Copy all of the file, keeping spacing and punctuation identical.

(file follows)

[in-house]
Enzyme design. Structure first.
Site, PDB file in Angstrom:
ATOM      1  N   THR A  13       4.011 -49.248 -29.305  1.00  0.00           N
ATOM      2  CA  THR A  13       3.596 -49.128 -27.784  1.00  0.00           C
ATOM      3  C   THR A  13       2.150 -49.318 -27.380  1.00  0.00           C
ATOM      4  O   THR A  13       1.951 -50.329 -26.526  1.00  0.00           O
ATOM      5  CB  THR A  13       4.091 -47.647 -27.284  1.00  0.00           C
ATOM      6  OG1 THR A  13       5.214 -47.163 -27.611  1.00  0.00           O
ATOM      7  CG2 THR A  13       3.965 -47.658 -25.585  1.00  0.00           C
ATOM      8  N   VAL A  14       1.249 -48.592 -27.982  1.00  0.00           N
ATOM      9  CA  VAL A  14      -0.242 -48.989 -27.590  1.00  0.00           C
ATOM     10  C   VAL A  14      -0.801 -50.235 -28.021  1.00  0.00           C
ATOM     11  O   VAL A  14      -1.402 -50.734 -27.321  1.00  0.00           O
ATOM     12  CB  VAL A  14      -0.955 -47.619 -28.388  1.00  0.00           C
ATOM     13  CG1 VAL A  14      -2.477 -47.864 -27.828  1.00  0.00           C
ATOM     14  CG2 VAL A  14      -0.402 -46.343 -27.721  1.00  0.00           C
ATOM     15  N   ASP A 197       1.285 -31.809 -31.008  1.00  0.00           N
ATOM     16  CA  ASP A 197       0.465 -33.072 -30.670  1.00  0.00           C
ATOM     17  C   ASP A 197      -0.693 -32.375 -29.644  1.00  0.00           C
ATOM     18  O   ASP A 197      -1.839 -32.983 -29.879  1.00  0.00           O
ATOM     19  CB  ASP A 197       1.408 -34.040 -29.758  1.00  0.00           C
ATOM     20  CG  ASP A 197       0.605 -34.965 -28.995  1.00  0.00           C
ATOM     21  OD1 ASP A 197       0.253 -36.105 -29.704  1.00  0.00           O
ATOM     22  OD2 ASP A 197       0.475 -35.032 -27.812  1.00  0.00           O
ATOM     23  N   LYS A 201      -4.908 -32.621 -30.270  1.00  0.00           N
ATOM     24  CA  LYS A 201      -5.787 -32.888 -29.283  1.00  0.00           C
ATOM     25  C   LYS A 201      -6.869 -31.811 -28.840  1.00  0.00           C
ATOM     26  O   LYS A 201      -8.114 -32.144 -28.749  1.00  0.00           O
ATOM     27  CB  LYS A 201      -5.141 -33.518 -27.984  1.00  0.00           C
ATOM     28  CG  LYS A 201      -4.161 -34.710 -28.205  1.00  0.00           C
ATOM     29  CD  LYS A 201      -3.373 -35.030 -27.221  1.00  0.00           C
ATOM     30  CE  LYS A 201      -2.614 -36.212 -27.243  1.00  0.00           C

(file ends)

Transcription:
[in-house]
Enzyme design. Structure first.
Site, PDB file in Angstrom:
ATOM      1  N   THR A  13       4.011 -49.248 -29.305  1.00  0.00           N
ATOM      2  CA  THR A  13       3.596 -49.128 -27.784  1.00  0.00           C
ATOM      3  C   THR A  13       2.150 -49.318 -27.380  1.00  0.00           C
ATOM      4  O   THR A  13       1.951 -50.329 -26.526  1.00  0.00           O
ATOM      5  CB  THR A  13       4.091 -47.647 -27.284  1.00  0.00           C
ATOM      6  OG1 THR A  13       5.214 -47.163 -27.611  1.00  0.00           O
ATOM      7  CG2 THR A  13       3.965 -47.658 -25.585  1.00  0.00           C
ATOM      8  N   VAL A  14       1.249 -48.592 -27.982  1.00  0.00           N
ATOM      9  CA  VAL A  14      -0.242 -48.989 -27.590  1.00  0.00           C
ATOM     10  C   VAL A  14      -0.801 -50.235 -28.021  1.00  0.00           C
ATOM     11  O   VAL A  14      -1.402 -50.734 -27.321  1.00  0.00           O
ATOM     12  CB  VAL A  14      -0.955 -47.619 -28.388  1.00  0.00           C
ATOM     13  CG1 VAL A  14      -2.477 -47.864 -27.828  1.00  0.00           C
ATOM     14  CG2 VAL A  14      -0.402 -46.343 -27.721  1.00  0.00           C
ATOM     15  N   ASP A 197       1.285 -31.809 -31.008  1.00  0.00           N
ATOM     16  CA  ASP A 197       0.465 -33.072 -30.670  1.00  0.00           C
ATOM     17  C   ASP A 197      -0.693 -32.375 -29.644  1.00  0.00           C
ATOM     18  O   ASP A 197      -1.839 -32.983 -29.879  1.00  0.00           O
ATOM     19  CB  ASP A 197       1.408 -34.040 -29.758  1.00  0.00           C
ATOM     20  CG  ASP A 197       0.605 -34.965 -28.995  1.00  0.00           C
ATOM     21  OD1 ASP A 197       0.253 -36.105 -29.704  1.00  0.00           O
ATOM     22  OD2 ASP A 197       0.475 -35.032 -27.812  1.00  0.00           O
ATOM     23  N   LYS A 201      -4.908 -32.621 -30.270  1.00  0.00           N
ATOM     24  CA  LYS A 201      -5.787 -32.888 -29.283  1.00  0.00           C
ATOM     25  C   LYS A 201      -6.869 -31.811 -28.840  1.00  0.00           C
ATOM     26  O   LYS A 201      -8.114 -32.144 -28.749  1.00  0.00           O
ATOM     27  CB  LYS A 201      -5.141 -33.518 -27.984  1.00  0.00           C
ATOM     28  CG  LYS A 201      -4.161 -34.710 -28.205  1.00  0.00           C
ATOM     29  CD  LYS A 201      -3.373 -35.030 -27.221  1.00  0.00           C
ATOM     30  CE  LYS A 201      -2.614 -36.212 -27.243  1.00  0.00           C